US NEWS: US parents are still divided over the COVID masking school rules – survey

March 1 – With public schools around the United States upholding the mandate of COVID-19 candy, parents are divided over the issue, with 43% saying face masks should always be available to prevent transmission of the virus, according to a study by Kaiser Family Foundation (KFF).

The majority of responding parents also expressed concern about the safety and effectiveness of the COVID-19 vaccines for children under 5, saying they did not have enough information, according to a KFF study of 1,502 adults conducted in mid-Feb. 9 and 21.

Support for masks in schools has been declining since September, when two-thirds of people and more than 60% of parents prefer a certain level of masking needs, KFF said.

On Friday, the US Centers for Disease Control and Prevention significantly relaxed its guidelines that people should wear masks in homes, including schools. About 72% of the U.S. population they now live in communities where indoor surface covering is no longer recommended under the new CDC guidelines.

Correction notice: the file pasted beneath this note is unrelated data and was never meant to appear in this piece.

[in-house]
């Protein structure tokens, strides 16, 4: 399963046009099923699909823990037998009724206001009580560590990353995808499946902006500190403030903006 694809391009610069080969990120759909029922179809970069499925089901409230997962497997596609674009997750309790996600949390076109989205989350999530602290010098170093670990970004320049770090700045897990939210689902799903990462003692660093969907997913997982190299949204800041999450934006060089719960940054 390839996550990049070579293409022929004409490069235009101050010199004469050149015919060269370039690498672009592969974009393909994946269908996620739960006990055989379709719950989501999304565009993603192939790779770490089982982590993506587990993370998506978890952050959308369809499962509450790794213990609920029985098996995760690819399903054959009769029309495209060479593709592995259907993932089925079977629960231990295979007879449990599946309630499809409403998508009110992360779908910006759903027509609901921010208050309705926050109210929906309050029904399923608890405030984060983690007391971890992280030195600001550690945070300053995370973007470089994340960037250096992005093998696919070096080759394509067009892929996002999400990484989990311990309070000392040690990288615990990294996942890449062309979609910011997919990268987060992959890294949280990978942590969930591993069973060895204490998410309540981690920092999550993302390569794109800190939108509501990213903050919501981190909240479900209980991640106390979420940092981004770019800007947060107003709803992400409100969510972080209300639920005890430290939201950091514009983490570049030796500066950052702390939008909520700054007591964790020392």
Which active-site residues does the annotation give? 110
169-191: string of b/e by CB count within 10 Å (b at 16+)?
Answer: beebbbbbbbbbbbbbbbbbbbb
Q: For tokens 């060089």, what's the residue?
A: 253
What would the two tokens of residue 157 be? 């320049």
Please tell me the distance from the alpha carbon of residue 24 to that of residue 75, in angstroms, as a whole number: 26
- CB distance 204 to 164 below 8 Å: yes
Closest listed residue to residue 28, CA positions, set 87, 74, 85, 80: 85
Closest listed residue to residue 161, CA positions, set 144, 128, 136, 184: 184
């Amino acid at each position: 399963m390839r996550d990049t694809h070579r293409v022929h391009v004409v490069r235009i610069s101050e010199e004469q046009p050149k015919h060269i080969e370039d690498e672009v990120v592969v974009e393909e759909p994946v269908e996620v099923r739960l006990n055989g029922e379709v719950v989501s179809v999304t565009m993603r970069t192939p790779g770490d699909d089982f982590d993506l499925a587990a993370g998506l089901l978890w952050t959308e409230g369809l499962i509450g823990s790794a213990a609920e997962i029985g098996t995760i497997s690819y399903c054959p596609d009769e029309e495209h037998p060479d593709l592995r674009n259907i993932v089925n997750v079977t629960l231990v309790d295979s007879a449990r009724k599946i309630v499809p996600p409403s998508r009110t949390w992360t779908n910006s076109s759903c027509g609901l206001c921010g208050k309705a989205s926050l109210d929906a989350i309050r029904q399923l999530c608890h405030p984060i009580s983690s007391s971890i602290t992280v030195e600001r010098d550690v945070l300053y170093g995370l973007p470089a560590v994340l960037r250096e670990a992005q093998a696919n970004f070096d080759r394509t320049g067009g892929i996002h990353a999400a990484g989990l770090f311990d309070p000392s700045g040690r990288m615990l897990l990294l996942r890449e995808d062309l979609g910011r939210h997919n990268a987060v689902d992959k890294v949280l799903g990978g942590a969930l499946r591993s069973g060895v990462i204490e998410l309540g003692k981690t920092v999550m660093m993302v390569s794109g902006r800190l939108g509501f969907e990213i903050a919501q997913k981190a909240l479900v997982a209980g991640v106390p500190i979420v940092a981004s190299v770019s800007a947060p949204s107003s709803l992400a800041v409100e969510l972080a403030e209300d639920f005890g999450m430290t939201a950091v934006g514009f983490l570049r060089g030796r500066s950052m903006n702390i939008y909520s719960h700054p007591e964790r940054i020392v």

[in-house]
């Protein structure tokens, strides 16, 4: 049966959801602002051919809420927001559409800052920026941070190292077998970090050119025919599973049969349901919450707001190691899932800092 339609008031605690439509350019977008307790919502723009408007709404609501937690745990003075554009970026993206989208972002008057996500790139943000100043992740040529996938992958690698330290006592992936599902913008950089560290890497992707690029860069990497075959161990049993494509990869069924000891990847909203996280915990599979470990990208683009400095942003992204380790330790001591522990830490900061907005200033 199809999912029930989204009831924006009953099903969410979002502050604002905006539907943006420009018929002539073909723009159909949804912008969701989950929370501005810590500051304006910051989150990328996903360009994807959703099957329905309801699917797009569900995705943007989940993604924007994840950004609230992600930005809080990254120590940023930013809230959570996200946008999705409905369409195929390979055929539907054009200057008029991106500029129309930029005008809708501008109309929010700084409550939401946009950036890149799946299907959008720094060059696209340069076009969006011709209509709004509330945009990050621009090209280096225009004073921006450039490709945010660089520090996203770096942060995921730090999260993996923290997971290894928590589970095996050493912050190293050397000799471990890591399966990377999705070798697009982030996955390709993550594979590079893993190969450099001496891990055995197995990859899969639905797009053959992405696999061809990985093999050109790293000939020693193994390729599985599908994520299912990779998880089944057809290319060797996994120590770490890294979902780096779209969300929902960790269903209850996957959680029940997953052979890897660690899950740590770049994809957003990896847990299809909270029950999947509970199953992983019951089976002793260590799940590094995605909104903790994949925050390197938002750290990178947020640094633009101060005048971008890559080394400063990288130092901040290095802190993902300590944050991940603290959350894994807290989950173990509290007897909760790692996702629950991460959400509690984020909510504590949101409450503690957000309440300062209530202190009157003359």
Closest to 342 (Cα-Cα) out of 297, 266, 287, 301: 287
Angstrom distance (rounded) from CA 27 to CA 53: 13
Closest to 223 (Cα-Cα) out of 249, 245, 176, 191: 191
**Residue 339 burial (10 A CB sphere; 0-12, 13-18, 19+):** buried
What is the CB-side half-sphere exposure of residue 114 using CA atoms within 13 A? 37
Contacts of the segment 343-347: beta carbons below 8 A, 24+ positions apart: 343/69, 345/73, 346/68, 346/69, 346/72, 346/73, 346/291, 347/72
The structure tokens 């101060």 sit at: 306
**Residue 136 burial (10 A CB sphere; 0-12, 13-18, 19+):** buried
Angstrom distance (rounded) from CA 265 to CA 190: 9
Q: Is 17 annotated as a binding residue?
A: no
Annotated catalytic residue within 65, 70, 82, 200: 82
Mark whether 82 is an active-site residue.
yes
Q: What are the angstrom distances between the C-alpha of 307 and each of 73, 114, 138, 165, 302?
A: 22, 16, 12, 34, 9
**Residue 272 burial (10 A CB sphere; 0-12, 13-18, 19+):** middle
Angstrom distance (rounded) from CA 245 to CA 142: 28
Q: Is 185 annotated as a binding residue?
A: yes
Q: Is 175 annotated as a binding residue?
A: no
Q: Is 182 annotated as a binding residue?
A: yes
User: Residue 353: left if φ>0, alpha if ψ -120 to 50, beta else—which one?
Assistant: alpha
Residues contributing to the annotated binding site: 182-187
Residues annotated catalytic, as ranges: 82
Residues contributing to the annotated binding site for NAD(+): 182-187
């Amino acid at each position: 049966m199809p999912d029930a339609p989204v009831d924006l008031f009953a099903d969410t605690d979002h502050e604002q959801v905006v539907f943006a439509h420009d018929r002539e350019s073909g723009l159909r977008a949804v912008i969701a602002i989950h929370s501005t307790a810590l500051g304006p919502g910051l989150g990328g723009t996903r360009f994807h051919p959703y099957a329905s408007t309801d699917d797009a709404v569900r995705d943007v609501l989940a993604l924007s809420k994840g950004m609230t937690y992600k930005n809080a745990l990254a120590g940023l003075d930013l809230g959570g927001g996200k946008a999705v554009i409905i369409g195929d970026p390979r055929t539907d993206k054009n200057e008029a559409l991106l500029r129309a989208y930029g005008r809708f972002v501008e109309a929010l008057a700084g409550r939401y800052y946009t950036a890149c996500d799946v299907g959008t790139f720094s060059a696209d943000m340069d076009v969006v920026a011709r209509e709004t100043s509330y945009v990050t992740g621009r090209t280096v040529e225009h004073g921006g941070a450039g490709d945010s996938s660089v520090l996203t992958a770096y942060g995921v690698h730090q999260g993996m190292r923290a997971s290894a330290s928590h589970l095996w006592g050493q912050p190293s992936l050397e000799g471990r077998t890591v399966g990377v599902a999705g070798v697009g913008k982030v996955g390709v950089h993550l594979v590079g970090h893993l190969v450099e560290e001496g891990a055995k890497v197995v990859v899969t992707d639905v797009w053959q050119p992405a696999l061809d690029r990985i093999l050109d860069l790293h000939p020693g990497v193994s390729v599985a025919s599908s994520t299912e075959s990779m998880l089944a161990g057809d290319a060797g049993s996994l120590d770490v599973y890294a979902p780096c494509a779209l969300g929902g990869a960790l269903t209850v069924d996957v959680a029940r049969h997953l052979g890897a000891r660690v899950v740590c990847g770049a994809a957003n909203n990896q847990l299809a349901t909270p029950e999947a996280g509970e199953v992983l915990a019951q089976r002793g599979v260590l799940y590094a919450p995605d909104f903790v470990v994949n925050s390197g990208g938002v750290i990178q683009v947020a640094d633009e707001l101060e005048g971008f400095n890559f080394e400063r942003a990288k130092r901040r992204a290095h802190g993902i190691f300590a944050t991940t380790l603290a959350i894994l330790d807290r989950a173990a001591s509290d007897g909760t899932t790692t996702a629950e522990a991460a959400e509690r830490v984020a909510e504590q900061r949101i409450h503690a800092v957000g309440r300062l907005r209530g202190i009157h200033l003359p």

Earlier this month, the US Food and Drug Administration postponed its review of Pfizer Inc (PFE.N) policy and BioNTech COVID-19 for children under five, saying it needed more time to update new data.

The study found that prior to any FDA decision, nearly two thirds of parents said they did not trust the safety of pornography on children under the age of five.

The report shows that the adoption of the US COVID-19 vaccine in February has remained unchanged since January.

About 25% of U.S. adults They had not been vaccinated, including one in six who said they would not “get vaccinated,” according to a report.

With the US mid-term elections approaching in November and COVID numbers falling across the country, the epidemic was no longer among the four major issues of major voter registration, a survey was found.

However, the cost of health care is listed fourth among the major problems that will be most important to voters in the forthcoming elections, after the economy and inflation, voting rights and foreign policy. The study was completed before the Russian invasion of Ukraine.

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